That brings about numerous benefits, but most important of these is improved security. Both optical and ultrasound fingerprint readers had a major drawback. Their relatively small size made them far less secure than the larger ones that guard banks and entryways, for example. According to Gordon Thomas, senior director for product management, existing fingerprint sensors for mobile devices (including the existing 3D Sonic) typically measure around 4mm x 9mm. That would only detect part of your finger.
A larger sensor captures more information and looks for more signs to identify you, and is inherently more stringent. For example, if you're looking at a slice of a pizza, you can generally guess if it's Hawaiian or meat or vegetarian, but it takes evaluating the entire pie to know for sure. Full fingerprint authentication is simply more secure. "The police would never accept partial prints," Thomas told Engadget.
The 3D Sonic Max scanner measures 20mm x 30mm for a 600 square millimeter area. This decreases the chances of fooling such a system greatly, and Thomas said the company is aiming for a 1 in a million accuracy rate. That's the same level of accuracy that Apple claims Face ID has.
That isn't to say that you're doomed if you rely on your phone's fingerprint scanner today. The industry standard for commercial smartphones is 1 in 50,000, which is what Apple says Touch ID offers. While it's nowhere near acceptable by government standards, it's generally good enough. But for those of us who are more paranoid about protecting our data, 3D Sonic Max is good news.
Qualcomm is also enabling dual-fingerprint authentication with the larger surface area, which means the system will be looking for two unique prints at the same time. This can be used for situations that require even tighter security, like accessing your bank apps or sensitive company information, for example.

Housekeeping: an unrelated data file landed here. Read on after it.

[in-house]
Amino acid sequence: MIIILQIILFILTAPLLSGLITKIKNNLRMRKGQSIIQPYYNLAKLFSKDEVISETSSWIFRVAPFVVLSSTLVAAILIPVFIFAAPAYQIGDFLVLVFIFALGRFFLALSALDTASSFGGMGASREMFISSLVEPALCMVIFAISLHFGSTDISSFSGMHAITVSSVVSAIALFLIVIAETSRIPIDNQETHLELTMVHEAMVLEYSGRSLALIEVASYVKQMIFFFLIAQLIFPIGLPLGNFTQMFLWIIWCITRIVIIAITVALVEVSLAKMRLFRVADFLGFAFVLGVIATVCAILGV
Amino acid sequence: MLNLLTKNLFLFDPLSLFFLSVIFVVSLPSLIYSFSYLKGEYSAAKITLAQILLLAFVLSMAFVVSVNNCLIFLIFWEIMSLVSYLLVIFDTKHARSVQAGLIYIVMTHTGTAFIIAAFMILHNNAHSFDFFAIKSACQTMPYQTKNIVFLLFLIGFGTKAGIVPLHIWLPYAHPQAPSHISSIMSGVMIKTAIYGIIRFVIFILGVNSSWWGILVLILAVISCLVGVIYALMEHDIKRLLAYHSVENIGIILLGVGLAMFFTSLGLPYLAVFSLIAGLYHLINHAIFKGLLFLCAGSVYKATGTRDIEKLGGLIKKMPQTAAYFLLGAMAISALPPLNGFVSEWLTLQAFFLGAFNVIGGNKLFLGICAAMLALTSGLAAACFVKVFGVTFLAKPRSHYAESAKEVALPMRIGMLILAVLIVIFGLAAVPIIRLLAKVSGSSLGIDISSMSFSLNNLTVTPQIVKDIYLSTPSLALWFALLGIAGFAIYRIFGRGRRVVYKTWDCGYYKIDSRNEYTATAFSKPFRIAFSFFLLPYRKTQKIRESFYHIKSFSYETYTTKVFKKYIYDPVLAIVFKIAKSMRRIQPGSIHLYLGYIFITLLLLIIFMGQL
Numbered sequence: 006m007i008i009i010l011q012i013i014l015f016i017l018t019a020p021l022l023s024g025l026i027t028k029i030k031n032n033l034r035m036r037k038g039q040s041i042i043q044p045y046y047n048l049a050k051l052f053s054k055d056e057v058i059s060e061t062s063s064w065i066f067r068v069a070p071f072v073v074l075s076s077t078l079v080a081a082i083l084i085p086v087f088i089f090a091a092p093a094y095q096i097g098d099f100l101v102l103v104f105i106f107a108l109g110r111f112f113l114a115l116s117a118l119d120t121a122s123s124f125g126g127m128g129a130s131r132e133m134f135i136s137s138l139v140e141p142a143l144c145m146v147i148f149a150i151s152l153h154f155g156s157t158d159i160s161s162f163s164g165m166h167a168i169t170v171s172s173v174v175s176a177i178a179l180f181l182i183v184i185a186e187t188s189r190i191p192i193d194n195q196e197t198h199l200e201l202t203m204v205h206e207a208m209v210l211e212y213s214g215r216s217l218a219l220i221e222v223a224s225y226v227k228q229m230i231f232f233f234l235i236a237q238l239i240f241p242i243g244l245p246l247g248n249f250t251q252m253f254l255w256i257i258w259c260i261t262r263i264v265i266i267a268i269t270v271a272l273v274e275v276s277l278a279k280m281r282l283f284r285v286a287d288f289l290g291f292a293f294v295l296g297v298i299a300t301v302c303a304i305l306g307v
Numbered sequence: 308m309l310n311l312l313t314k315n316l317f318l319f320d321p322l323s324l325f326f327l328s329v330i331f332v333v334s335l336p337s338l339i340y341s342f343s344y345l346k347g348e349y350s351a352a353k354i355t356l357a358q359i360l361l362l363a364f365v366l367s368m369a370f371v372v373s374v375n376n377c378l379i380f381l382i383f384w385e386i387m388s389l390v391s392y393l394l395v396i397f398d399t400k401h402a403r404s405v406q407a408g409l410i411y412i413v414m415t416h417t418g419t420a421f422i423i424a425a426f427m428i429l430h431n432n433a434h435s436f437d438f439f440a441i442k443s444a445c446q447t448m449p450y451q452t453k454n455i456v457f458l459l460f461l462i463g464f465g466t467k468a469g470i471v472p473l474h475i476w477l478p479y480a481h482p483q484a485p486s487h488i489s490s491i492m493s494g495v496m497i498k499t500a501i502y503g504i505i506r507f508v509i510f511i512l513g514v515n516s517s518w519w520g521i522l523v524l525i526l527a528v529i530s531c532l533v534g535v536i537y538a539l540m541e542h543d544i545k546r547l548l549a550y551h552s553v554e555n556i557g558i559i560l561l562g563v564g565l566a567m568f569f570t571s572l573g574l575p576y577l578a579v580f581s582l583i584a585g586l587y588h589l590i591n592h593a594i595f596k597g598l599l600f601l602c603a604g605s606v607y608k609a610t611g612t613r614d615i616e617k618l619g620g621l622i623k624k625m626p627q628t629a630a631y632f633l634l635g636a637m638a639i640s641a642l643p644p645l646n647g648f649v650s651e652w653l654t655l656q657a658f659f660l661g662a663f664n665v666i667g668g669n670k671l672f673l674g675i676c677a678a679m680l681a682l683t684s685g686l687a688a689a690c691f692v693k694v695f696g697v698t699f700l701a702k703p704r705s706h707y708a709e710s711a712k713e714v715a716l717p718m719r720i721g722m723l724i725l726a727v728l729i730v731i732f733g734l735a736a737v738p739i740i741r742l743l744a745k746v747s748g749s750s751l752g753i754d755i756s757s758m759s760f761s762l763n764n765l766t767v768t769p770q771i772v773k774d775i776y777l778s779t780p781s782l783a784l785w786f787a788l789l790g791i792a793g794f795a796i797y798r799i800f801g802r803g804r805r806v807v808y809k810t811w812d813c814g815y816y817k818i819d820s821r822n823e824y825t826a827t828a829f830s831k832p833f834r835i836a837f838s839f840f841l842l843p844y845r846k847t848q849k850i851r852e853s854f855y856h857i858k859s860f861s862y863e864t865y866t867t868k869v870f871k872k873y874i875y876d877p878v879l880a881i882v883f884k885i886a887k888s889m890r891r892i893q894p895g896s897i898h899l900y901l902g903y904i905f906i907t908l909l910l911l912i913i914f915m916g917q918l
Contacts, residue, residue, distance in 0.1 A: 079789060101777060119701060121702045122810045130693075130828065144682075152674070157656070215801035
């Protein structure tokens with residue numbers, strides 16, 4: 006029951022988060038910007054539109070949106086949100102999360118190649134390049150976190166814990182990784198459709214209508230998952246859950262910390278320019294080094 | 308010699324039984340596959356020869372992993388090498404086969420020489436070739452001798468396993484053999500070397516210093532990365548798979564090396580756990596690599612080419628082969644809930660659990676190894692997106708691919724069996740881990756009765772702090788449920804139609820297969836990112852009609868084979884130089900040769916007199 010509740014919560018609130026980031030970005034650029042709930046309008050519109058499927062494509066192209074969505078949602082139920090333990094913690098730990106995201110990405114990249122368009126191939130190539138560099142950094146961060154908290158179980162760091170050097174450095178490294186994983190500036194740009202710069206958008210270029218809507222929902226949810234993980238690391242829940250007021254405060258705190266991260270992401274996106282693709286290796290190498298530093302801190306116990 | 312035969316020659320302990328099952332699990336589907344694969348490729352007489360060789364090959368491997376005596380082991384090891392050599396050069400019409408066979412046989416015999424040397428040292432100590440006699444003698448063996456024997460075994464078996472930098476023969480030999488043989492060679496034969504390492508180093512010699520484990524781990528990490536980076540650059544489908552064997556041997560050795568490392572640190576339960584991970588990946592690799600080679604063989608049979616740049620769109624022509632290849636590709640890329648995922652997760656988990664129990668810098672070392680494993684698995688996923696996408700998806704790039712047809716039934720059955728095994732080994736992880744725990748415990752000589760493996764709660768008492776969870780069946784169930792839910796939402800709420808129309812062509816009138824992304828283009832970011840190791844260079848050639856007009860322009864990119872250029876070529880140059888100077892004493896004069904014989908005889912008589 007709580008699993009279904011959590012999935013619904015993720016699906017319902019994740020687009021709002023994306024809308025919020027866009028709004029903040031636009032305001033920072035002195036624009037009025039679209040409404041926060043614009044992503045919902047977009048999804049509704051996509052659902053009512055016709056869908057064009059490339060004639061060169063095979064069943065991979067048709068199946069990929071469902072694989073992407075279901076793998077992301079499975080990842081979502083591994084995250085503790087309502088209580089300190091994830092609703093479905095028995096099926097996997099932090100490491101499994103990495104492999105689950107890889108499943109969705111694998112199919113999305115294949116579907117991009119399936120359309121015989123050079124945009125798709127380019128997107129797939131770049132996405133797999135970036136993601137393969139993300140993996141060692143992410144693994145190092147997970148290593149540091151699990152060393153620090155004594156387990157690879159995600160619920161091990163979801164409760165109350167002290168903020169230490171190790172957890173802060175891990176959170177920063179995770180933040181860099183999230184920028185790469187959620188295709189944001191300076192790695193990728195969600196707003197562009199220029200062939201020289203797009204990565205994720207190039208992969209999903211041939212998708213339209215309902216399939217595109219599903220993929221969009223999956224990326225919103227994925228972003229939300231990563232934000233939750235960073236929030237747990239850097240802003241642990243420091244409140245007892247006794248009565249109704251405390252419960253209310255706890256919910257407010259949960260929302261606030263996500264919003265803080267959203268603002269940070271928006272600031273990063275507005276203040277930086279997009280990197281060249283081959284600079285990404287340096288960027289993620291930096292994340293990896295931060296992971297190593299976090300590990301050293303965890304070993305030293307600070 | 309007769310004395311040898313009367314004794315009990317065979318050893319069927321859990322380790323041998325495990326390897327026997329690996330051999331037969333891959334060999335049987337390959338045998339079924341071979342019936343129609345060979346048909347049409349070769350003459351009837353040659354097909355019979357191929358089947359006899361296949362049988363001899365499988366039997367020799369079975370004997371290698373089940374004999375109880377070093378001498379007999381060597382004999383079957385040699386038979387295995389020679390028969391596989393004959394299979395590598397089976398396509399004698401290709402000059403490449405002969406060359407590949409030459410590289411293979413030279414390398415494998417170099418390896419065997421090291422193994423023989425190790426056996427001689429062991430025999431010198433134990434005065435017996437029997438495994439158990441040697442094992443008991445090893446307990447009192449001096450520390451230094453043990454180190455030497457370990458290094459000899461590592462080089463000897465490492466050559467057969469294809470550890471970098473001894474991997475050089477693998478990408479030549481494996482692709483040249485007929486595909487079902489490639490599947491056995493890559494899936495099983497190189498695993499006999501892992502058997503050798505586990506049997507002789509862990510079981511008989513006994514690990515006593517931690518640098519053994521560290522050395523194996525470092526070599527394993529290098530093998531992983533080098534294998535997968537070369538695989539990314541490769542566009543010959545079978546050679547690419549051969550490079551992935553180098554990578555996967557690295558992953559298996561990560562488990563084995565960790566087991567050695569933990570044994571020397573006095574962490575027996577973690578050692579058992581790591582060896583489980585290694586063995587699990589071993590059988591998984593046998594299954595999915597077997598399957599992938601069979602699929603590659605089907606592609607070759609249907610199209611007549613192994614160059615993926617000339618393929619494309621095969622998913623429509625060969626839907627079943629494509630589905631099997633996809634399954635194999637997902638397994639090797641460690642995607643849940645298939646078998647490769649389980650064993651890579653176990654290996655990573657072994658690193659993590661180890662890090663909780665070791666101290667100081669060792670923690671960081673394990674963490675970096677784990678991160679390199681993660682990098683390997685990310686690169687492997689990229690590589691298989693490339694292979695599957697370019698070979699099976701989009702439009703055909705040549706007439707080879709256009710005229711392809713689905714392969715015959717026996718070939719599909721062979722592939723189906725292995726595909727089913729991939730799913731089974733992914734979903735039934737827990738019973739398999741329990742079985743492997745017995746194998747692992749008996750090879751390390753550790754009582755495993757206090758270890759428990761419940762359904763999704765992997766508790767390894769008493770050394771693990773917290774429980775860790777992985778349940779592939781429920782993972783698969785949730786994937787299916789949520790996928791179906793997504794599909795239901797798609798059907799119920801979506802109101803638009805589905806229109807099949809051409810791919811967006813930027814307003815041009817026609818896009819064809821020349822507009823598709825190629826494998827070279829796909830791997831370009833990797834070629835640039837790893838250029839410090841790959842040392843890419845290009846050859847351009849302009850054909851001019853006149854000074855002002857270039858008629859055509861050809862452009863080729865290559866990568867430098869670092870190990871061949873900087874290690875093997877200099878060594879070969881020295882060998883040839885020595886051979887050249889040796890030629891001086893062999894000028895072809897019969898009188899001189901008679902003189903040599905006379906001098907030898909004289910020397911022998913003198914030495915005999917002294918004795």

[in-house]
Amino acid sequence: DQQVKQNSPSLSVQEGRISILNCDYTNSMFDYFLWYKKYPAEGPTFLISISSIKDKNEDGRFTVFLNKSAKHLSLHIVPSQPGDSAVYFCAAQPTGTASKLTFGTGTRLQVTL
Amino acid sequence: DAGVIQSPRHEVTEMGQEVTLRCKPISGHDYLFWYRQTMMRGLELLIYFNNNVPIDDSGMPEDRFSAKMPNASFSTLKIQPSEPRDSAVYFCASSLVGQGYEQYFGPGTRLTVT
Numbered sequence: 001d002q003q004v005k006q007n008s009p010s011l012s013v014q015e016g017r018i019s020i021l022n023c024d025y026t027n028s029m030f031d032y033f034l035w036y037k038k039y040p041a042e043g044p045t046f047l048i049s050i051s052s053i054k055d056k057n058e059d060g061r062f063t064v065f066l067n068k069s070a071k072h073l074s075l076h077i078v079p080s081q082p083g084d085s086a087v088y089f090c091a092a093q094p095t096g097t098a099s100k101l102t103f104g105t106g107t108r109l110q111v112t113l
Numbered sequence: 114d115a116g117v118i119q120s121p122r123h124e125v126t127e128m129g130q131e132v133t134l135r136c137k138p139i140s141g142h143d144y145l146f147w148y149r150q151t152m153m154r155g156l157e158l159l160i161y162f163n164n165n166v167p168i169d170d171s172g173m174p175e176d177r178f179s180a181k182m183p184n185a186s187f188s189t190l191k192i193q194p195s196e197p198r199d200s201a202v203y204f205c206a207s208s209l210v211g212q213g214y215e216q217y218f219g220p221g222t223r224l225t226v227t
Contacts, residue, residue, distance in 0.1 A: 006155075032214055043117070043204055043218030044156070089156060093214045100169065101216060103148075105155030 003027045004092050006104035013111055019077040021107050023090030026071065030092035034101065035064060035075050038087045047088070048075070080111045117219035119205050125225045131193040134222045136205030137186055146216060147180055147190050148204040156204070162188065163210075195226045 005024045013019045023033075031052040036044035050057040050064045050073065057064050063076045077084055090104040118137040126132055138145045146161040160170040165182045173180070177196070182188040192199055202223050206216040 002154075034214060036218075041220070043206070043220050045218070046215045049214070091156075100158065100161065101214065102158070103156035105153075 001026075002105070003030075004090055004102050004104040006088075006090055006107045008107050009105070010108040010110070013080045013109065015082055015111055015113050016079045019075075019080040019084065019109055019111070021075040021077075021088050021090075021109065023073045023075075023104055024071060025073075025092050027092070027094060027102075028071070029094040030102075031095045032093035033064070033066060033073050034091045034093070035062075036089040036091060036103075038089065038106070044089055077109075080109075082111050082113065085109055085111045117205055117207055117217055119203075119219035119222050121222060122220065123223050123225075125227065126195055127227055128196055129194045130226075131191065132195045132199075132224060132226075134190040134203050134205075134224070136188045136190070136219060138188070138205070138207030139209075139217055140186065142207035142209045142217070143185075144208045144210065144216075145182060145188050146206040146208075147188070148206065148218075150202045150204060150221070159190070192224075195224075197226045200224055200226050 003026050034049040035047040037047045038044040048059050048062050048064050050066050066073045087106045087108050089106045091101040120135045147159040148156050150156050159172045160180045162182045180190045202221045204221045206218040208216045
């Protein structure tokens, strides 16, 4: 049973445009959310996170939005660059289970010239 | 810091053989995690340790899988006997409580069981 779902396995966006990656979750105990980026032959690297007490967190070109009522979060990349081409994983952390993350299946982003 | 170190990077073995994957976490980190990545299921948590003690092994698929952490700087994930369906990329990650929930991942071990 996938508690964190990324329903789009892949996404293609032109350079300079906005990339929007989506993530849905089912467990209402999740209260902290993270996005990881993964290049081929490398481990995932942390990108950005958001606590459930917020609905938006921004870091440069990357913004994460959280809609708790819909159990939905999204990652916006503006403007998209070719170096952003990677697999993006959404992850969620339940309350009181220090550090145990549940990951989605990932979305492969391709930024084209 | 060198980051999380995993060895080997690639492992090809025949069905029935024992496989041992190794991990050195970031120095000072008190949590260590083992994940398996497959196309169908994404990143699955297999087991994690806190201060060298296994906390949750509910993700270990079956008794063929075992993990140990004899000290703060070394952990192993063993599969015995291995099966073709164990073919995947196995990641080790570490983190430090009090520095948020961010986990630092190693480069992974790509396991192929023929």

The larger scanner also adds a few other conveniences. For one, you can register your fingerprint on your phone just by tapping once, instead of repeatedly for about 16 to 20 times. With such a large target area, too, you can more easily sign into your device instead of blindly jabbing your finger at a spot where you think the scanner is.
Thomas also said that because Qualcomm built its reader on thin-film-transistor (TFT), which is similar to the material used for LCDs, it's able to keep costs low and maintain a small footprint. The sensor itself is just 0.15mm thin, so it doesn't cut into space that would otherwise be devoted to battery or result in a larger phone. 3D Sonic Max will also be able to make out the shape of your finger and look for geometric signs like the distance between the tip of your thumb to the middle of it, and use these as additional layers of identification.
Compared to the last-gen 3D Sonic, the Max carries out its ultrasonic identification (i.e. telling the difference between skin and other materials based on the sound waves) within its hardware, instead of having to rely on algorithms and processing elsewhere on the device. That would theoretically also make it more secure than before by minimizing potential points of vulnerability.
Qualcomm expects the 3D Sonic Max will show up commercially next year. Since Samsung used the 3D Sonic in the Galaxy S10 and Note 10+ flagships, it wouldn't be surprising if the phone maker adopts this next-gen component in its upcoming phones. For now, we just have to wait for other companies and apps to adopt more-secure methods of ID-ing us. The good news is, the 3D Sonic Max is sure to create some competition in the mobile security space, which should lead to improvements overall.